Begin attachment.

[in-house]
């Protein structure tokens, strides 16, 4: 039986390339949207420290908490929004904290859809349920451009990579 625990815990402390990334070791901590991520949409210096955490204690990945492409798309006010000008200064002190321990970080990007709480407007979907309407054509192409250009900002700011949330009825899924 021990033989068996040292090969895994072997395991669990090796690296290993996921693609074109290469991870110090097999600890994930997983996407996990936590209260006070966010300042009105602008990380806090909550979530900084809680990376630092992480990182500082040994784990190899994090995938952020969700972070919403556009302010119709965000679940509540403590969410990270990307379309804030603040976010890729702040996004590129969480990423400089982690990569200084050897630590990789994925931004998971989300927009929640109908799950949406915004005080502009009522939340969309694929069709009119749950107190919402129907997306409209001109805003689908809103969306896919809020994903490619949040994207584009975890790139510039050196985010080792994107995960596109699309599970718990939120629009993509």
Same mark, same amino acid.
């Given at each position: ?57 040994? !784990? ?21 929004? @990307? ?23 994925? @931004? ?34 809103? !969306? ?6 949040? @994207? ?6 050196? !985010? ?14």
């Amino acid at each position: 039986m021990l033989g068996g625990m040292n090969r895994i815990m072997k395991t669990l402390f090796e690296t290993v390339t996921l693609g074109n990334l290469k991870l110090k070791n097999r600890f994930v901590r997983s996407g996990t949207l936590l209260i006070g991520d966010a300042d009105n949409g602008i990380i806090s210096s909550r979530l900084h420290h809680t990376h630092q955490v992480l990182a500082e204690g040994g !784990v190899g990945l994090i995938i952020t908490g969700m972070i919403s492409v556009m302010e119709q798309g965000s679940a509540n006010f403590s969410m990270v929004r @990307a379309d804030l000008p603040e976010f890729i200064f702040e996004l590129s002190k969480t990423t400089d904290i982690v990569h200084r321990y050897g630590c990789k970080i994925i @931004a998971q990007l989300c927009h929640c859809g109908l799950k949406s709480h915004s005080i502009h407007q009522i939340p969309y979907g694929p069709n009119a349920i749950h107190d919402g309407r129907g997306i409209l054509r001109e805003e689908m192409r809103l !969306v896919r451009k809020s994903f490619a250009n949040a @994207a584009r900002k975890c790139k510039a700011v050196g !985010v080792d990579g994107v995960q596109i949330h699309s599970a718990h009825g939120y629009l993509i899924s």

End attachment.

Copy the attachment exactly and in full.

[in-house]
């Protein structure tokens, strides 16, 4: 039986390339949207420290908490929004904290859809349920451009990579 625990815990402390990334070791901590991520949409210096955490204690990945492409798309006010000008200064002190321990970080990007709480407007979907309407054509192409250009900002700011949330009825899924 021990033989068996040292090969895994072997395991669990090796690296290993996921693609074109290469991870110090097999600890994930997983996407996990936590209260006070966010300042009105602008990380806090909550979530900084809680990376630092992480990182500082040994784990190899994090995938952020969700972070919403556009302010119709965000679940509540403590969410990270990307379309804030603040976010890729702040996004590129969480990423400089982690990569200084050897630590990789994925931004998971989300927009929640109908799950949406915004005080502009009522939340969309694929069709009119749950107190919402129907997306409209001109805003689908809103969306896919809020994903490619949040994207584009975890790139510039050196985010080792994107995960596109699309599970718990939120629009993509």
Same mark, same amino acid.
């Given at each position: ?57 040994? !784990? ?21 929004? @990307? ?23 994925? @931004? ?34 809103? !969306? ?6 949040? @994207? ?6 050196? !985010? ?14």
């Amino acid at each position: 039986m021990l033989g068996g625990m040292n090969r895994i815990m072997k395991t669990l402390f090796e690296t290993v390339t996921l693609g074109n990334l290469k991870l110090k070791n097999r600890f994930v901590r997983s996407g996990t949207l936590l209260i006070g991520d966010a300042d009105n949409g602008i990380i806090s210096s909550r979530l900084h420290h809680t990376h630092q955490v992480l990182a500082e204690g040994g !784990v190899g990945l994090i995938i952020t908490g969700m972070i919403s492409v556009m302010e119709q798309g965000s679940a509540n006010f403590s969410m990270v929004r @990307a379309d804030l000008p603040e976010f890729i200064f702040e996004l590129s002190k969480t990423t400089d904290i982690v990569h200084r321990y050897g630590c990789k970080i994925i @931004a998971q990007l989300c927009h929640c859809g109908l799950k949406s709480h915004s005080i502009h407007q009522i939340p969309y979907g694929p069709n009119a349920i749950h107190d919402g309407r129907g997306i409209l054509r001109e805003e689908m192409r809103l !969306v896919r451009k809020s994903f490619a250009n949040a @994207a584009r900002k975890c790139k510039a700011v050196g !985010v080792d990579g994107v995960q596109i949330h699309s599970a718990h009825g939120y629009l993509i899924s």